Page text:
Admitting that you have mental health issues whilst you are a student feels like you are coming out of the closet, as it probably does in any stage of your life. Not in the traditional sense of the term 'closet', but in another sense; a sense of hiding away and fearing having these difficult conversations with people.
Providing any kind of therapy in this frenzied environment is not possible. Admitting someone in a fragile mental state into this siege atmosphere means you are only arranging an admittance to prevent suicide or harm to others, rather than offering help to the mentally ill in need of care. You have become a form of warder, not a clinician.
The cultural stereotype of the catfight reduces the lady, who is noted for her passivity and elegance, to a creature capable of stealth and crafty animalism; a creature called woman. Whether Natural Vs Processed; Full-Figured Vs Skinny; Lesbian Vs Heterosexual; Black Vs White or Younger Vs Older, catfighting is belittling to an already belittled body of people.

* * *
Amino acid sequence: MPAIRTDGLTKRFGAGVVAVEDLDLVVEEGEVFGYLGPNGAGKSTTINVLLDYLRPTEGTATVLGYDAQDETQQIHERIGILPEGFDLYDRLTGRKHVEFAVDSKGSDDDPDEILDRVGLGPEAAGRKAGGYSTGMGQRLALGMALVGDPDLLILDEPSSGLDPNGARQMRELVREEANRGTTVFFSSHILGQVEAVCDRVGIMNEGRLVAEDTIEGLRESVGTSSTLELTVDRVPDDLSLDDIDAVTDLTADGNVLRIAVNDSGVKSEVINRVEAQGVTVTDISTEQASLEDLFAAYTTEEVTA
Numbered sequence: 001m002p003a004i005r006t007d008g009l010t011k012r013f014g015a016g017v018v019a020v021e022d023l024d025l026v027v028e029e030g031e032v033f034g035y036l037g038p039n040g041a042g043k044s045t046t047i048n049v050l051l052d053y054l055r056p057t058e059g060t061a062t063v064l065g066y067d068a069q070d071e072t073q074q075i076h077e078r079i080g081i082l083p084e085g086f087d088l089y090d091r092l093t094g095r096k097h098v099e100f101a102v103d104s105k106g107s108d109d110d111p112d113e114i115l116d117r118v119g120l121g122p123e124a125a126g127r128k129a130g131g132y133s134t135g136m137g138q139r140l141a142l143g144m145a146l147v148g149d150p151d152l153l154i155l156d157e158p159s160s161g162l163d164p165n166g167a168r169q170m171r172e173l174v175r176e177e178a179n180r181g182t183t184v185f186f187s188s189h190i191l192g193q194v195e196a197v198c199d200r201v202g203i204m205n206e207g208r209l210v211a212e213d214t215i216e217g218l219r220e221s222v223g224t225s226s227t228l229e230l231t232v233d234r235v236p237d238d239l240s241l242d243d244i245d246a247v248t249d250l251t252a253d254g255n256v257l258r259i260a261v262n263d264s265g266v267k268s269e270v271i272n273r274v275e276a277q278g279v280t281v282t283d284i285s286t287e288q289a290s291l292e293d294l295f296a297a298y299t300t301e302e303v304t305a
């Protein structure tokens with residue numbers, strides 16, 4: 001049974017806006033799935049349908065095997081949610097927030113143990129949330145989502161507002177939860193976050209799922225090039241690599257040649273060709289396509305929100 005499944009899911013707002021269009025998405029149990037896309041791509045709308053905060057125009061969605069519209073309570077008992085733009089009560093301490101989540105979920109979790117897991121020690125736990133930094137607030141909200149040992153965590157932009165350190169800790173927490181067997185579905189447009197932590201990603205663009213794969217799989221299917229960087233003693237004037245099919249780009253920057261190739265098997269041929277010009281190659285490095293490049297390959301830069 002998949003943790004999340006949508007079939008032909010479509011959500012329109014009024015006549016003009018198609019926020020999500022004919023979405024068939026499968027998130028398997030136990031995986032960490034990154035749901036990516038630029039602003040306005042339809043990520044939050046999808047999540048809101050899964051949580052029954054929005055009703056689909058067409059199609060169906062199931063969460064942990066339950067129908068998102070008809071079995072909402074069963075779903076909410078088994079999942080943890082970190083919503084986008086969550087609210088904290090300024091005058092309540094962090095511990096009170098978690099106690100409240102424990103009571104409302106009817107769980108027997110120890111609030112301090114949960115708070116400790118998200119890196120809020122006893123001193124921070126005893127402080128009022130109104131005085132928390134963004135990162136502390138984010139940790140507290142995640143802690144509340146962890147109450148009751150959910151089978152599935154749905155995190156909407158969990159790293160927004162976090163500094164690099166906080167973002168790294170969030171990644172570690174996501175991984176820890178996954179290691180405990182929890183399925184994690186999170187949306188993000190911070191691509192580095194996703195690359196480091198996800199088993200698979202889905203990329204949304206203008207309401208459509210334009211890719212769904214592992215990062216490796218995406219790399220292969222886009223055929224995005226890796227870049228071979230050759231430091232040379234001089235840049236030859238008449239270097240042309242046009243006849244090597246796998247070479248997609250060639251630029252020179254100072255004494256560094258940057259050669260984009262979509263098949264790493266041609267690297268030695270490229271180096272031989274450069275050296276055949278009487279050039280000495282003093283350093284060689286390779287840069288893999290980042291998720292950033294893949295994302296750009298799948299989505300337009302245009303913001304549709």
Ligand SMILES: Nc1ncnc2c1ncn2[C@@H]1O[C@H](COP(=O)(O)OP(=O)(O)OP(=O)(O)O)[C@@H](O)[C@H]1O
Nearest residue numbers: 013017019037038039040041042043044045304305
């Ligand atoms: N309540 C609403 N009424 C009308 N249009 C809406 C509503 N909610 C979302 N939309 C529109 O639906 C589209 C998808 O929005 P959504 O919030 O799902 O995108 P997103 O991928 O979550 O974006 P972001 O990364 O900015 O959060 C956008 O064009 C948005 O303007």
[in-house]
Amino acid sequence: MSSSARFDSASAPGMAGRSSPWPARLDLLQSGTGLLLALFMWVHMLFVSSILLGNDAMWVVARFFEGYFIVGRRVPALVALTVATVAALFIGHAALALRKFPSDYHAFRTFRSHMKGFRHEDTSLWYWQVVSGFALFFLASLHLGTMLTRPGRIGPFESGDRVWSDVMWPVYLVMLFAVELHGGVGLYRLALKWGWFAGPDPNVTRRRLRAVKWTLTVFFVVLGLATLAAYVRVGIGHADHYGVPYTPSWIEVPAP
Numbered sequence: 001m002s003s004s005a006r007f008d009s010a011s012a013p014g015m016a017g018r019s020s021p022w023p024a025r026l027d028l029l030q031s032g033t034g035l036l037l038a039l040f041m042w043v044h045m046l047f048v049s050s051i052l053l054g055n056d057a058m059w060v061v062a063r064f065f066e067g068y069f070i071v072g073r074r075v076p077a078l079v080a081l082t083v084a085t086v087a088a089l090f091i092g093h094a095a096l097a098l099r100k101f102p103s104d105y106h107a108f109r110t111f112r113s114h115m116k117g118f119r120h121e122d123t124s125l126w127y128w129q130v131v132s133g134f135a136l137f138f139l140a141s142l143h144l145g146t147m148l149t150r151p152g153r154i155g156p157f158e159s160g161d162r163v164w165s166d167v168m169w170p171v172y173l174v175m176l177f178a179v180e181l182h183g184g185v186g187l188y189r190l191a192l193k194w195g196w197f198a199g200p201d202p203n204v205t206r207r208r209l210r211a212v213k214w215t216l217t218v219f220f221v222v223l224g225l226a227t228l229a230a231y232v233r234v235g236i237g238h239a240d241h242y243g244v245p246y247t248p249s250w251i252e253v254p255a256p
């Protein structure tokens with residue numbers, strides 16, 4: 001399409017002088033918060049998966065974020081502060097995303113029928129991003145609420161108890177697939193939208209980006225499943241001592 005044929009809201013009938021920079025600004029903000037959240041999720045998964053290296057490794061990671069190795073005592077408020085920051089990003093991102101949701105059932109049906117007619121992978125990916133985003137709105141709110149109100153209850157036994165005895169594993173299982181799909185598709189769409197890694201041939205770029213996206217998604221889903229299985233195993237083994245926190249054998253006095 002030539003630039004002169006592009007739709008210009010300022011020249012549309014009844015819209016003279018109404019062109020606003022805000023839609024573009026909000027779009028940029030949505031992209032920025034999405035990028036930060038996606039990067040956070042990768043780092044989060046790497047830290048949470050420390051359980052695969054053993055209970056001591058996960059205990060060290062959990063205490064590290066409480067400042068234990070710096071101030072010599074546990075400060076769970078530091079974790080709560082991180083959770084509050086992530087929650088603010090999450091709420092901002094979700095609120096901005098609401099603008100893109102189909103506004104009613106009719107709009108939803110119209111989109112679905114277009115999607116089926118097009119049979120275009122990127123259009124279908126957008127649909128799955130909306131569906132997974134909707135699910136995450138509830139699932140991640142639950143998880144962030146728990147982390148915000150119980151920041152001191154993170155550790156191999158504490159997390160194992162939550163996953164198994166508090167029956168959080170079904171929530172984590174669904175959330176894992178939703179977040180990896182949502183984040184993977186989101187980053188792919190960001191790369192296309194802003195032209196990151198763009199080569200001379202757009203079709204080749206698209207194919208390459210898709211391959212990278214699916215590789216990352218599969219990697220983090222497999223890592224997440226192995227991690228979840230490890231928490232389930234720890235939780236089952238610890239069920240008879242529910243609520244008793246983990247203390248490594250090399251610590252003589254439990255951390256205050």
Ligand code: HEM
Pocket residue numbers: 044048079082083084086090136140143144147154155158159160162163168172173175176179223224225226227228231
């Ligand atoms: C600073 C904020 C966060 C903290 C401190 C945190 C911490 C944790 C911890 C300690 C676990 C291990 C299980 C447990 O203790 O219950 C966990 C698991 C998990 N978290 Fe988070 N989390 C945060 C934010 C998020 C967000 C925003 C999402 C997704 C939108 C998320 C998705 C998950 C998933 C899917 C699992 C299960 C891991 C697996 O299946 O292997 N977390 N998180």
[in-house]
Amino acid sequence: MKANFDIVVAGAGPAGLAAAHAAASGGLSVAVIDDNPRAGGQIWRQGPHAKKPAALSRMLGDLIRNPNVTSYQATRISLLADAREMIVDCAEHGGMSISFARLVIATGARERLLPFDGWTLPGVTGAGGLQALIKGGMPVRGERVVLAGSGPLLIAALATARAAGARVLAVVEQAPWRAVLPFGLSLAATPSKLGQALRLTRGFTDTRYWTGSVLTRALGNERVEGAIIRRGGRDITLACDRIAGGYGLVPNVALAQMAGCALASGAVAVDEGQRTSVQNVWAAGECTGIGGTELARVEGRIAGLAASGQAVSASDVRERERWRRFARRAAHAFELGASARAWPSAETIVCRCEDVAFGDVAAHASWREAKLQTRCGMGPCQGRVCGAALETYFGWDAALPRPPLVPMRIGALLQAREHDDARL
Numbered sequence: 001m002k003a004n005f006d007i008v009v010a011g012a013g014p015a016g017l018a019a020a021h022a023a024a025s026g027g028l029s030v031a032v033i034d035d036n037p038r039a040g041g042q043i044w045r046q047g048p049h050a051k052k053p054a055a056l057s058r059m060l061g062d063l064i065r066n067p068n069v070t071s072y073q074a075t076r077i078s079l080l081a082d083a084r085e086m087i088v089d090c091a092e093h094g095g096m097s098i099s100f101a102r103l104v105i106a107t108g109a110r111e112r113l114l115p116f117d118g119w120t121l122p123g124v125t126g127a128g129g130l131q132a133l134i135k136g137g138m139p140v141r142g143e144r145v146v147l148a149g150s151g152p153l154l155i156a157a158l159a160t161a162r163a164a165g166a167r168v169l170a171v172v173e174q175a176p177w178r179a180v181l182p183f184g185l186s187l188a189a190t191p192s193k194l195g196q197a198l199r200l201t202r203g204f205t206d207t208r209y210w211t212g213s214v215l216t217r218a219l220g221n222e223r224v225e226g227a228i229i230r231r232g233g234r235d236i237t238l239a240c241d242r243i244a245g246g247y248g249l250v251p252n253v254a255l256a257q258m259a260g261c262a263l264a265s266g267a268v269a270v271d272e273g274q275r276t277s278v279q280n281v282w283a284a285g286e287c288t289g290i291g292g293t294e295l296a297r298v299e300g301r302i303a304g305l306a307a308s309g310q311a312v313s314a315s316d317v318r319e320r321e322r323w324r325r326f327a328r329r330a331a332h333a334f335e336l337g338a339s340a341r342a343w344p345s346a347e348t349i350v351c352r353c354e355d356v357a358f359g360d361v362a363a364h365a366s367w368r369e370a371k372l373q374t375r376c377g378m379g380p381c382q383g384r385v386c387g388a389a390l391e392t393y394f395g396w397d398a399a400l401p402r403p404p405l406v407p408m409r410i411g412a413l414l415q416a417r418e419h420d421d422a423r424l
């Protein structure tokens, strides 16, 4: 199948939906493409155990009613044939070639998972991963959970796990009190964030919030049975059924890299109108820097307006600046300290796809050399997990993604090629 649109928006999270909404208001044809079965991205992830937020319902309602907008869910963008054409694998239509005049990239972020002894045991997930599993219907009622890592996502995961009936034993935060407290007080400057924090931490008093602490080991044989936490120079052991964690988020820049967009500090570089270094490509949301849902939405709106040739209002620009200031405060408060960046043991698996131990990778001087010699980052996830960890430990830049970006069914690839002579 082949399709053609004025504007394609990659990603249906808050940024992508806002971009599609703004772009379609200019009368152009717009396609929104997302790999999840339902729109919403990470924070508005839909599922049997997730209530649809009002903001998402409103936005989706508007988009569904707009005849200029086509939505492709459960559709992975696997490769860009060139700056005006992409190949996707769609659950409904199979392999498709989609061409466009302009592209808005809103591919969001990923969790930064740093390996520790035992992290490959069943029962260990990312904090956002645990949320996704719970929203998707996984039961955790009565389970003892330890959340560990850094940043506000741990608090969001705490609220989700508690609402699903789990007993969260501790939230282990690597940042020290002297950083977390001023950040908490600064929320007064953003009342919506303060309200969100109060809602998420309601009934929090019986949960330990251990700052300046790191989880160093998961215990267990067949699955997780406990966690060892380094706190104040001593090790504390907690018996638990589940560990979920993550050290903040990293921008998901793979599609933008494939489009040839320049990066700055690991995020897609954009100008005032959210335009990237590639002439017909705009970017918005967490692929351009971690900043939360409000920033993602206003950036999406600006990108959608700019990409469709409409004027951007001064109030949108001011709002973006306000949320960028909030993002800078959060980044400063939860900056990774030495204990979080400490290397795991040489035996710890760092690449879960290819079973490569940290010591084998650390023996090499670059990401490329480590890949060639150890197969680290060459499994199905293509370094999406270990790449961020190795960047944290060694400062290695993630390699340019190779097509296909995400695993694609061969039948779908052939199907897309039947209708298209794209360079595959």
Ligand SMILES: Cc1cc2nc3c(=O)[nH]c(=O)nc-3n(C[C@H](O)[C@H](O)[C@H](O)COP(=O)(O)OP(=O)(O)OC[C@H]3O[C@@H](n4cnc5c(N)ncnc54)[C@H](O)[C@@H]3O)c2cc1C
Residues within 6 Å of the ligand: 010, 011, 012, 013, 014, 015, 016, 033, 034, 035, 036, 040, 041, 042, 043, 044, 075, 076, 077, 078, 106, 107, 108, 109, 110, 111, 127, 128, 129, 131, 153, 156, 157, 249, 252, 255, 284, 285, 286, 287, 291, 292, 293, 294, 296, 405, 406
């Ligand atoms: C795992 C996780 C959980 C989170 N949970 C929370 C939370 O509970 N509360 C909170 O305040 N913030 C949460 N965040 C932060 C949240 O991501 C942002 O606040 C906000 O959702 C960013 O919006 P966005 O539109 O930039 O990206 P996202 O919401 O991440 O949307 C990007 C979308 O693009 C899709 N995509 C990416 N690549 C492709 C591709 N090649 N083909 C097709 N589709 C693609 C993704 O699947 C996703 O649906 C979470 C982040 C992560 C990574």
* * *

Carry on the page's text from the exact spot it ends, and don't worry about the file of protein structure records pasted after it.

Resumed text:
I hope that scientific progress will soon have an even better grasp of what causes conditions such as autism and schizophrenia. Just as the important Time to Change programme is saying, one way to help individuals already with these conditions quite directly, today, is not to stigmatise, isolate or bully them.
A "Mental Patient" fancy dress costume on sale at Asda and a 'Psycho Ward' costume at Tesco shows just how much further we have to go in destigmatising mental health issues. Ed Miliband was rightly lauded on Tuesday as he called for greater openness and discussion of mental health issues during his speech at Labour Party Conference.
Over a thousand people have written to their MP, asking them to attend an 'MP Capability Assessment' based loosely on the controversial Work Capability Assessment, which is currently being used to decide whether tens of thousands of people with long-term illnesses and disabilities should receive benefits.
When you are young, seeking help for mental health problems can be easily as frightening as the problems themselves... Information about mental illnesses is not part of the school curriculum and consequently many students suffer symptoms of one problem or another without even knowing that anything could be seriously wrong.